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Saturday May 27 2000
Updated 0401 hrs IST 1731 EST
Think local


THE YEAR India has its 13th consecutive good monsoon, large parts of the country experience a drought. Yes, the drought was not severe enough to lead to famine and deaths from starvation. But the water shortage wiped out entire populations of livestock and poultry, representing a huge loss of savings, cut into the health and survival chances of an already poor population and caused plenty of distress.
The summer of 2000 therefore has a very important message for India’s policymakers, who tend to turn over and go to sleep in relief when they hear news of good monsoons. One, monsoon data is highly aggregated and the average hides enormous fluctuations in rainfall in different parts of India. Two, even where it rains, people have lost the skills and technology to collect rainwater and store it for future consumption. The government has to take the blame, because its policies of centralised hydraulic planning have robbed communities of this initiative.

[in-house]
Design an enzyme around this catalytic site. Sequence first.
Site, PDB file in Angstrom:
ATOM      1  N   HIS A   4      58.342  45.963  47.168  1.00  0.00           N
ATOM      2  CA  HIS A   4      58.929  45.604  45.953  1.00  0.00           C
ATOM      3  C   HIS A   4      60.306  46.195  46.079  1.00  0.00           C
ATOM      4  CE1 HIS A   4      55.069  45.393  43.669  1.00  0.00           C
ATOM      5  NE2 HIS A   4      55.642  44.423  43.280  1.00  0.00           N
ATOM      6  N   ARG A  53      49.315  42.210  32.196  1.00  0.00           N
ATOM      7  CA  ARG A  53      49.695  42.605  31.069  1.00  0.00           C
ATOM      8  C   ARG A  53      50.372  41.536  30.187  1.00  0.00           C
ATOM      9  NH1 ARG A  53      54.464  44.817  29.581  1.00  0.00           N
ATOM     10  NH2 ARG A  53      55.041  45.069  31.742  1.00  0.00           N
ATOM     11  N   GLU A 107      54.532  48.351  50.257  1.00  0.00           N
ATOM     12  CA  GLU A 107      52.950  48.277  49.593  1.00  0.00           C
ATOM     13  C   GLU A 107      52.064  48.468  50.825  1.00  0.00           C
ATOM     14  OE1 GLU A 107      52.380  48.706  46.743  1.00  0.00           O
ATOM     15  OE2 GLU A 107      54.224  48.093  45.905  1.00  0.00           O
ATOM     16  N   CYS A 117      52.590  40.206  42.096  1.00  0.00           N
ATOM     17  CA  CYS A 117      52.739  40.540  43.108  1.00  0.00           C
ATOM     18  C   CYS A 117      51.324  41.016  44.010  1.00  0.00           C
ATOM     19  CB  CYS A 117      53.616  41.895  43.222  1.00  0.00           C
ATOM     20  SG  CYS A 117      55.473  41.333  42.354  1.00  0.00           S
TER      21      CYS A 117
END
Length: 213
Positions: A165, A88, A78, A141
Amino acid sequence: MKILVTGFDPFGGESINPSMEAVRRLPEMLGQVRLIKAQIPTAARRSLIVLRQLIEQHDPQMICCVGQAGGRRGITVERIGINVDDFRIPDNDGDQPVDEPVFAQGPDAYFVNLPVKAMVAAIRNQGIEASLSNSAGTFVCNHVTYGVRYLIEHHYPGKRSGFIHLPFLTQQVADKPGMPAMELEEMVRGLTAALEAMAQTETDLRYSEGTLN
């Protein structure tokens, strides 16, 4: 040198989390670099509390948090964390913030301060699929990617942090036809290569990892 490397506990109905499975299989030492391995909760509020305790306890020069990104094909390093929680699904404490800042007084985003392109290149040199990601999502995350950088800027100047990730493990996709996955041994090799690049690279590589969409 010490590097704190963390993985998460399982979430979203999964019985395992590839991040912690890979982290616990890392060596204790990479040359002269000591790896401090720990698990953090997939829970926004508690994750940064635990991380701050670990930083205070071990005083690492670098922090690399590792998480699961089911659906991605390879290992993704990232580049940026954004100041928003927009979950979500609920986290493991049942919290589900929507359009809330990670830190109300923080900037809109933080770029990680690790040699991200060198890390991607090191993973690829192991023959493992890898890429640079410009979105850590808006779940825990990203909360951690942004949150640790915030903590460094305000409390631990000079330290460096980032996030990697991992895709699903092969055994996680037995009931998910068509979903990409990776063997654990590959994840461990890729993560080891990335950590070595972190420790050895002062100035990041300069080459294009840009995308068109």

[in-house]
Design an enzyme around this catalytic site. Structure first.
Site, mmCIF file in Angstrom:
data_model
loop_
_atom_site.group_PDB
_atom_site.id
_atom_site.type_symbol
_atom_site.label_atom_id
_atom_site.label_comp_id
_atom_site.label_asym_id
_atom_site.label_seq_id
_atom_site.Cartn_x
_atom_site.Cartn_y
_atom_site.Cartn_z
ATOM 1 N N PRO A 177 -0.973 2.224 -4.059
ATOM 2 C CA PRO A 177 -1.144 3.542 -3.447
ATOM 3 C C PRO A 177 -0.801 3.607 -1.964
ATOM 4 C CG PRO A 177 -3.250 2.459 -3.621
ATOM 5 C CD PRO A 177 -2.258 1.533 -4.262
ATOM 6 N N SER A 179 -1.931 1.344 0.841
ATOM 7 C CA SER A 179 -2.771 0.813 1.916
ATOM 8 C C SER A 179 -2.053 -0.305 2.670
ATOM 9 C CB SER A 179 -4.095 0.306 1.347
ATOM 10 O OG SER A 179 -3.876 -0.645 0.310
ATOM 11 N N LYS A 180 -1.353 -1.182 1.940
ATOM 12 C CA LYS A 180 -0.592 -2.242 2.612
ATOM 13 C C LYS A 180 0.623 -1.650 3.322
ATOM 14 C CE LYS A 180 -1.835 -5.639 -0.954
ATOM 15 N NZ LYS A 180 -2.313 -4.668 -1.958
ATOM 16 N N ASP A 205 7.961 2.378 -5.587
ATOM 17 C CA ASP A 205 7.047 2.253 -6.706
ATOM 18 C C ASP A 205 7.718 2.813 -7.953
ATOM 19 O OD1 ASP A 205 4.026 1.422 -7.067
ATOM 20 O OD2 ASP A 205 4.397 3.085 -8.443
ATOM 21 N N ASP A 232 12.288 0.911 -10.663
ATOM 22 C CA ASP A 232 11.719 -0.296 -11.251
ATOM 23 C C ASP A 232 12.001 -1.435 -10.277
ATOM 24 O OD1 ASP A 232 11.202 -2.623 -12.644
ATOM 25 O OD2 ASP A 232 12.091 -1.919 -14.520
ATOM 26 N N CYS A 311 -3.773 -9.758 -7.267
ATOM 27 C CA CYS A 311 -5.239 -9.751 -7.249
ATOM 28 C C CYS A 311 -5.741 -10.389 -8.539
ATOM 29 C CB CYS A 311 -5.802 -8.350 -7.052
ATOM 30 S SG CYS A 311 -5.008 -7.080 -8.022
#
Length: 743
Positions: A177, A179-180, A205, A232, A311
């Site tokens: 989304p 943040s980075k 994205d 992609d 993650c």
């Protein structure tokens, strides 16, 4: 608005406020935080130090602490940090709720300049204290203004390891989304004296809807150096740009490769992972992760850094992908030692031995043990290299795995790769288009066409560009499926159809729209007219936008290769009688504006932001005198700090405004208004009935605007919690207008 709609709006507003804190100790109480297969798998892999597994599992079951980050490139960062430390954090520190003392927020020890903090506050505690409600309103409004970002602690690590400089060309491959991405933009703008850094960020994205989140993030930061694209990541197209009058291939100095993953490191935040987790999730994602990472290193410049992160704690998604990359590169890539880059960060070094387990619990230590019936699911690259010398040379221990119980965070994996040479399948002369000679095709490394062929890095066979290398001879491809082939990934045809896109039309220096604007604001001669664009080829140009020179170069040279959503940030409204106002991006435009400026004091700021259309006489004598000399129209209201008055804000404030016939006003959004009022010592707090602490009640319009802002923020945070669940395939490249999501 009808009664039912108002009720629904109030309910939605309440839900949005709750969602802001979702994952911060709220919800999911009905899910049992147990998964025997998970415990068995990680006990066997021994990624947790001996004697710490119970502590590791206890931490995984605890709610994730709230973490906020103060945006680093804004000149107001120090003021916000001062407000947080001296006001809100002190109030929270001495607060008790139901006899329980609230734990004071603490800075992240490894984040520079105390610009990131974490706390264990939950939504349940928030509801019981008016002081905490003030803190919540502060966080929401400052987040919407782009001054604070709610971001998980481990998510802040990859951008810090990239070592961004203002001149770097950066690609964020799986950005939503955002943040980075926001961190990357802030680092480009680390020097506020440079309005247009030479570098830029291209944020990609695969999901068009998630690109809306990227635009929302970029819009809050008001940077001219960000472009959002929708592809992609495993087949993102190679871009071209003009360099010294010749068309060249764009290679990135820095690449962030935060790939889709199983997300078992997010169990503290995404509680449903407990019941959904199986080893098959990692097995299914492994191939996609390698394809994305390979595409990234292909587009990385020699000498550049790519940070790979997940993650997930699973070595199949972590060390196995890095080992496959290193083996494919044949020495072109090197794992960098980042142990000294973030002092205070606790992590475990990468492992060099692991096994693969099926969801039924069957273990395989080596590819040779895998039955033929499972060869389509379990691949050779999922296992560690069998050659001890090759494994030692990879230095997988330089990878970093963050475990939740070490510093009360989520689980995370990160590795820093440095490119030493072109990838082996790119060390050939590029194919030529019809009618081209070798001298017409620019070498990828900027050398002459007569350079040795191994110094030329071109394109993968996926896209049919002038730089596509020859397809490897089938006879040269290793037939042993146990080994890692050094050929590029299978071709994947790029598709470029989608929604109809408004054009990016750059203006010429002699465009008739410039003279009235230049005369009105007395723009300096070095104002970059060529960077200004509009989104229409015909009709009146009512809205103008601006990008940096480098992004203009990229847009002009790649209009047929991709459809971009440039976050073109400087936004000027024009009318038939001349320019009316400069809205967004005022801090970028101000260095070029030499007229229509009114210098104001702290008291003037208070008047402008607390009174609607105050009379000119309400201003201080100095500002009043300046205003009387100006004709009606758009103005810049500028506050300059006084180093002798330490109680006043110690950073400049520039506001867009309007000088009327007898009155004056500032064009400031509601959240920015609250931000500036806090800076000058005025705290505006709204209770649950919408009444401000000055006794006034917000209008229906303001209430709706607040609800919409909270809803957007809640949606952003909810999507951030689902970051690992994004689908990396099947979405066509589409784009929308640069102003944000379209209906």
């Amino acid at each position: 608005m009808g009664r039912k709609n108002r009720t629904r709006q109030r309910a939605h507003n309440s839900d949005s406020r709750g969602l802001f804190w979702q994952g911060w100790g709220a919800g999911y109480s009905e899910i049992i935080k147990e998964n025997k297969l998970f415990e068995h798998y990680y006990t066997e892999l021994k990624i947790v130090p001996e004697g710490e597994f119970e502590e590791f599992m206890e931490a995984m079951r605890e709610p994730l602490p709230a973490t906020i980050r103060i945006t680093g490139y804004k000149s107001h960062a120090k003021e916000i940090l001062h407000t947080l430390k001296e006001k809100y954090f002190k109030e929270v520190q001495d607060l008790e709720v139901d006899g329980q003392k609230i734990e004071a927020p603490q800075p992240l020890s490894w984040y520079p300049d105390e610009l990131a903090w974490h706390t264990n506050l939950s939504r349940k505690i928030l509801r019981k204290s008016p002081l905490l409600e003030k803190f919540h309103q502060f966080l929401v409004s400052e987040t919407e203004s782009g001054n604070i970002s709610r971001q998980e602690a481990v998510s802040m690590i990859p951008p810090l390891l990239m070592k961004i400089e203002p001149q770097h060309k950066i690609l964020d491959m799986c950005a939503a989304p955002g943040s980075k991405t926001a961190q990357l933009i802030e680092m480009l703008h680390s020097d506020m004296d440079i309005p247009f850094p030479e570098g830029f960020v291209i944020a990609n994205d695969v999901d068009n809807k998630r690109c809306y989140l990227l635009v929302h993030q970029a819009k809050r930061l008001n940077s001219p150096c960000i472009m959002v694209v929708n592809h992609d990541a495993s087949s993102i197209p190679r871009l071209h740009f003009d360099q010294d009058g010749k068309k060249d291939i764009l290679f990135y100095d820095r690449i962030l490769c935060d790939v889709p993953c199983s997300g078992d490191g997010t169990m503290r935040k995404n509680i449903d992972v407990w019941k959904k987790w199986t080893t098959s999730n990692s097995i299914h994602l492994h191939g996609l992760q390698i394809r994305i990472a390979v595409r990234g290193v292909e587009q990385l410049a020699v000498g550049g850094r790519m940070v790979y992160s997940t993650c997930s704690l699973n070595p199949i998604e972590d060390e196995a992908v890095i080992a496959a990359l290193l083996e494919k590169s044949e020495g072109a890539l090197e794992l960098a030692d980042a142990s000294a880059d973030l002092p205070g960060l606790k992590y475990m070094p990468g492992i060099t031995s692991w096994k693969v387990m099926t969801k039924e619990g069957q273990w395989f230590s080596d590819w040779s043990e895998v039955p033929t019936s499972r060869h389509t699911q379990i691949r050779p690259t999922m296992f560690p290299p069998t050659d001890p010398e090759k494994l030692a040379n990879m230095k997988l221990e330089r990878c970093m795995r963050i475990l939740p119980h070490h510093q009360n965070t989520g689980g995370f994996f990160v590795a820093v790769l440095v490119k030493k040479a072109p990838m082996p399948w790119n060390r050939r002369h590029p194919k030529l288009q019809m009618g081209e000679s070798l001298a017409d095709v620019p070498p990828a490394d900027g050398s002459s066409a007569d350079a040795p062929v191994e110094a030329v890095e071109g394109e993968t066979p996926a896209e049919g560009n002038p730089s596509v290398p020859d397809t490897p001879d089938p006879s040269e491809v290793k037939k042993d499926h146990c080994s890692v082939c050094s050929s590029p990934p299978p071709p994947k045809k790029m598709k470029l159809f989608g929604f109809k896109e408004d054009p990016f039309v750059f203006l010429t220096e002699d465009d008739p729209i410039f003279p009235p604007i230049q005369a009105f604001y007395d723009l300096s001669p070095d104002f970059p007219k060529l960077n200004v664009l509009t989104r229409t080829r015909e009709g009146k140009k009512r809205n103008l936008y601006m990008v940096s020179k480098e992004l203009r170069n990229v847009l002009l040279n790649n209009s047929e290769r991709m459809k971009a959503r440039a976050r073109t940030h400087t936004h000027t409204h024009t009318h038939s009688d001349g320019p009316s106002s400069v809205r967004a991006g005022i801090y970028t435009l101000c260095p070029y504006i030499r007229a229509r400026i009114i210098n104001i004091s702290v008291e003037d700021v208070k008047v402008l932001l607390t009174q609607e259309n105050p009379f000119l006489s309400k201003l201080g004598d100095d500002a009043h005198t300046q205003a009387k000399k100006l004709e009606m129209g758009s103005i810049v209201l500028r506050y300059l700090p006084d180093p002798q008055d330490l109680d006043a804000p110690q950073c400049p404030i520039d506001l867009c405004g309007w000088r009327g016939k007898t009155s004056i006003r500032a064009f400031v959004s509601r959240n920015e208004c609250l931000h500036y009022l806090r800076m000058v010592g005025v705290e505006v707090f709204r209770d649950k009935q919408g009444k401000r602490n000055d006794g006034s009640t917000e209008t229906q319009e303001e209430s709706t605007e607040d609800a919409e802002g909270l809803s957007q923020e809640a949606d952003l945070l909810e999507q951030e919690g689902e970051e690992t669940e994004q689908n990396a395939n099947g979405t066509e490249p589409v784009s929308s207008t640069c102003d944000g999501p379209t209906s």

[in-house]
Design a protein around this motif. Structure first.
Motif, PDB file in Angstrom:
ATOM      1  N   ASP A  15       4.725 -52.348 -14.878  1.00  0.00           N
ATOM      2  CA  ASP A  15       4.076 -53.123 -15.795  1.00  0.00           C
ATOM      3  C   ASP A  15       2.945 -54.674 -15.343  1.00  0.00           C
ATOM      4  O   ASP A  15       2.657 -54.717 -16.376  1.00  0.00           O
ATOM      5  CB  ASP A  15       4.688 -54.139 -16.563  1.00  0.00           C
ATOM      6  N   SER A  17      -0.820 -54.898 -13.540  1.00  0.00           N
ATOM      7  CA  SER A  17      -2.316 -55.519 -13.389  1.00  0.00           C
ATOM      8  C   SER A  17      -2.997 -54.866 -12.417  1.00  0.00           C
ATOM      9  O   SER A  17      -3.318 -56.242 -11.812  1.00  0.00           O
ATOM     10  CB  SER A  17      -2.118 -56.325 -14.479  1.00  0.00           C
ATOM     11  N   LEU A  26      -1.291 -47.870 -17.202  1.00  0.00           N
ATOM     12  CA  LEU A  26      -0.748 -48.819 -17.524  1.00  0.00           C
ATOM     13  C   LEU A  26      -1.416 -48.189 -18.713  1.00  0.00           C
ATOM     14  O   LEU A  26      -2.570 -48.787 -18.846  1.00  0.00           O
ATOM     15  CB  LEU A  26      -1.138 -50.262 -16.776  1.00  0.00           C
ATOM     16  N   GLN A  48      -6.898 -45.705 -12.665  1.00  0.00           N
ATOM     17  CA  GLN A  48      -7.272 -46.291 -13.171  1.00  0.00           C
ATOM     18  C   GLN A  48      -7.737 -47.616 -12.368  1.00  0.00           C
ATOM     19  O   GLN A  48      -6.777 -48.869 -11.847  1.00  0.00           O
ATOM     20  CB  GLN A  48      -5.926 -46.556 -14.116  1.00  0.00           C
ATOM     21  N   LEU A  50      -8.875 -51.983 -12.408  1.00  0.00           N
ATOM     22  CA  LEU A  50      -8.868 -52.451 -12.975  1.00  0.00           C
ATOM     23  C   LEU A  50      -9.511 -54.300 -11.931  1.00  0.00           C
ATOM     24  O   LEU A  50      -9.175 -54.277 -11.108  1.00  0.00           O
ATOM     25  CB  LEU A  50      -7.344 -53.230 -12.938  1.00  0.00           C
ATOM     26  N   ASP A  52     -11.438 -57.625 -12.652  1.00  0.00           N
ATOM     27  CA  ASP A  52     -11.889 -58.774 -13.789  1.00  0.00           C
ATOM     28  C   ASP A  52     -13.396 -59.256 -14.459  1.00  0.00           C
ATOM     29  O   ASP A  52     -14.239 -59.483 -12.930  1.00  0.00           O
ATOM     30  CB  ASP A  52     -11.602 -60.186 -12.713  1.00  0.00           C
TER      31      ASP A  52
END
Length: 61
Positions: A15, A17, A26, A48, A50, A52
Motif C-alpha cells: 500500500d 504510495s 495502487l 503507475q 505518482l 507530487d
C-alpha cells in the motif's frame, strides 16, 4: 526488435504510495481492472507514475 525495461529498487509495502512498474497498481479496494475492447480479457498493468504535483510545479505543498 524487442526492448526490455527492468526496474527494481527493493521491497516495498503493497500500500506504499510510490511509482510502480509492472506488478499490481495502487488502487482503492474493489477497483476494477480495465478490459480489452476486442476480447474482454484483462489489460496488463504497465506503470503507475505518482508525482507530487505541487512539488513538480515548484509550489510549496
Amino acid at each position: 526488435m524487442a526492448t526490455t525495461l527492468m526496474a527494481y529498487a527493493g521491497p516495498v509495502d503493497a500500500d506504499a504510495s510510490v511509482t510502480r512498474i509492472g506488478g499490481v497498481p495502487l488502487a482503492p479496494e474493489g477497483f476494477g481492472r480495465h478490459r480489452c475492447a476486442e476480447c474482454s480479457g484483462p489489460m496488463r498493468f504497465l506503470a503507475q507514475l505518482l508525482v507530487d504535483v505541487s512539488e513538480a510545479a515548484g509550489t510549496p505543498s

Three, India’s irrigation system, which could be an effective insurance against poor rainfall, is in a shambles. Again the government is to blame: state-run projects which do not involve people in operations and maintenance are likely to fail. What’s more, governments’ reluctance to price farm water was bound to lead to the abuse of the irrigation system. Finally, the government has to take the Oscar for maladministration when it comes to water resources. Today, five ministries and departments deal with water-related issues in New Delhi. Each state has different administrations to handle water. This is administrative logjam of a stupendous degree. To clear it, even at the Central level, the government should scrap all the departments dealing with irrigation related issues, and set up dedicated funds for allocations. Thereafter, funds should go straight to local bodies for operations and maintenance. Drinking water can be funded the same way. Yes, some large projects are necessary, but a lot of wastage could be cut and water availability and use made more efficient by thinking local.
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